Crawling your way to stable shoulder and an indestructible spine
If I could offer you an exercise that has benefits of increased shoulder stability and a more stable spine, while also addressing a number of other benefits, would you be interested? That’s where crawling comes in.
When we look at most of the exercises that work shoulders they require the hand to be moved around while the torso maintains its position. In contrast, many of the crawling variations flip the situation and require the torso to be moved by the fixed hand. This can be very beneficial for challenging the scapular muscles and rotator cuff to work on manipulating the body.
Having the ability to resist motion when undesired - stability - is incredibly beneficial. In particular for the spine, being able to control the position of the spine and limit motion when not desired can help with increased force production and movement abilities under load. Crawling can help to address this as we are often being put into positions where it would be easy to extend, laterally flex, rotate, or flex the spine. Instead, by resisting these motions we can improve our proprioception of our spine and control of our movement.
Crawling can be beneficial for the hips in a number of ways. By moving in various different planes we can provide a novel stimulus to the hips if we are unaccustomed to the various different movements used. As well, exploring different ranges of motion in the hip that we often do not get into can be achieved through crawling. Following that, by doing so in a shortened position (often done in crawling) we challenge the hip to increase its proprioception and control of movement as well.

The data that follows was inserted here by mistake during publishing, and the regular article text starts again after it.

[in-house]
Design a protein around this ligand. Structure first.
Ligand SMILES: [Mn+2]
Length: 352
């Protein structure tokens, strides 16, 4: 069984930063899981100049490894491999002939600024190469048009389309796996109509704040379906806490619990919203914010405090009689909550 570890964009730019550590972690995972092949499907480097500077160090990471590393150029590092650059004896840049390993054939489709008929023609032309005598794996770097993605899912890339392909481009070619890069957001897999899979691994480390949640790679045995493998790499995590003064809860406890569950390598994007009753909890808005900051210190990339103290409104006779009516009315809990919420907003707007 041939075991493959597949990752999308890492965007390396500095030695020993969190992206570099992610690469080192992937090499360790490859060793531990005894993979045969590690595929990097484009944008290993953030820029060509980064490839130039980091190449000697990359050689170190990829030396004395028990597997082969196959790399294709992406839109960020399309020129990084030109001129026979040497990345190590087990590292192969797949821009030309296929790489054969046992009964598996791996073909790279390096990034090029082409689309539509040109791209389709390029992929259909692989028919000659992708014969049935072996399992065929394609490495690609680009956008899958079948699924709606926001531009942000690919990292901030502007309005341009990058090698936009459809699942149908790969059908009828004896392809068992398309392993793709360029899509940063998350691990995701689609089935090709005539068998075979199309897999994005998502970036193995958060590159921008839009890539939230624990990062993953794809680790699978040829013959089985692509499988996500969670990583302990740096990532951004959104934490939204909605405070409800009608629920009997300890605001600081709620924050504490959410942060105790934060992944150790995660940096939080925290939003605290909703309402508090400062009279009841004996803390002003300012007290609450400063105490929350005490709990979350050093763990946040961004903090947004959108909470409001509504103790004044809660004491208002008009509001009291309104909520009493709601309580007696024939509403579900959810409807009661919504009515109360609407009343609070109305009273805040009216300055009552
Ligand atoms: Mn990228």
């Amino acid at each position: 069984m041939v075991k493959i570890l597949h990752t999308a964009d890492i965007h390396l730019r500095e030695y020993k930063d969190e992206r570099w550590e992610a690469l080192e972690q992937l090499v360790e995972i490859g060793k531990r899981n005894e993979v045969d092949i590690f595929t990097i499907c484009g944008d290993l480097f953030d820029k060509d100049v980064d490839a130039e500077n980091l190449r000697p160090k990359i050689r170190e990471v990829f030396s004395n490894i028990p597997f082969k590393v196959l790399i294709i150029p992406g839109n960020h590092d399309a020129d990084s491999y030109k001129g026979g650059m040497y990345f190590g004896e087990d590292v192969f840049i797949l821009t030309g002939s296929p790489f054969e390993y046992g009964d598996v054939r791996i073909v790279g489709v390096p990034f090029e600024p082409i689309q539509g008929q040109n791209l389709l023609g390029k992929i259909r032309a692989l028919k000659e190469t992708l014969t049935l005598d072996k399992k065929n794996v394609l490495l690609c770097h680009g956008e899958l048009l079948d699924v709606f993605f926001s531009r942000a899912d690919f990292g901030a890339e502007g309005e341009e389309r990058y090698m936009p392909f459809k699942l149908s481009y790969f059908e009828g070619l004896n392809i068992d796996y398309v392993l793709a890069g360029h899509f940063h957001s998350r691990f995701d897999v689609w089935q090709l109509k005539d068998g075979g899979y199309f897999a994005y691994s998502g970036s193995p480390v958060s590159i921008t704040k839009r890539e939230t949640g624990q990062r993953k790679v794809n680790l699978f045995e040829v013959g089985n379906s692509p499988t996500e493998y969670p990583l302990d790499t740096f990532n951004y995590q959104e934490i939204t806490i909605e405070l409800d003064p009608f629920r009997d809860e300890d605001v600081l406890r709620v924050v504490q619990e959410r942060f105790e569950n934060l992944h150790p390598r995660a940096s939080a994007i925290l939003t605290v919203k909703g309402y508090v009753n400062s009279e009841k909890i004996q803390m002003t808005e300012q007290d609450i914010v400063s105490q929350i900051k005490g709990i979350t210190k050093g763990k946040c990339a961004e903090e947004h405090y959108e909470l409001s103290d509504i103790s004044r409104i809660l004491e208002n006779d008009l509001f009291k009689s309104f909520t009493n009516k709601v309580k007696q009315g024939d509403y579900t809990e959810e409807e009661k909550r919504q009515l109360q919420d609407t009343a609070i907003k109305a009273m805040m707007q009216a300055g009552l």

Crawling has a lot of benefits, but where does it exactly belong in a program? Well that depends upon what you’re chasing after for in regards to benefit. Below are a few possible places to use it:
When warming up, our goal is to elevated the body temperature and get the body prepped for the day’s training. Crawling can fill both those requirements. When doing crawling variations, we can get our heart rate elevated and use a lot of musculature - particularly if we keep a high pace. An example warm up might be: Bear Crawl x10 steps, Deadbug x10 reps, repeat x2, then lateral crawl x5 steps each direction, single leg glute bridge x10, repeat x2. That would help to get the body temperature up, work on globally stability through the spine, hips, and shoulders, and also get the hips working through a number of different directions.
Due to the format of most crawling variations, they can often be used in between main movement sets. When choosing to do supersets/filler exercises, we are aiming to increase our total work done in a time frame, but also address weak points. Crawling variations can be used very well in this regard as long as we choose a non-competing option. For example, in between sets of sumo deadlift you might choose to do lateral crawl. This would offer some benefit for developing rotary stability, shoulder stability, etc. As long as you aren’t someone who is nearing a competition and needs to have pure rest, this would be a great option.
Targeted shoulder work
As we mentioned earlier, crawling variations can be great to help develop the shoulder musculature. Utilizing them towards the end of a training session can be a great option for addressing the shoulder blade and rotator cuff musculature.
Due to the ability to crank up the heart rate and work a ton of muscle at once, crawling can be a great way to finish a training session. Combining forward, backward, and lateral movements can be a good option to work on a ton of beneficial movements while keeping the heart rate high. For instance, doing bear crawl x10 steps, lateral crawl x5 steps each direction, reverse bear crawl x10 steps, low squat walk x10 steps, repeat all 3-4 times.
Exercise examples - check out the video below for options to get going
A few additional examples that were not shown in the video above -
Move well, lift heavy, stay healthy,
The Strength Therapist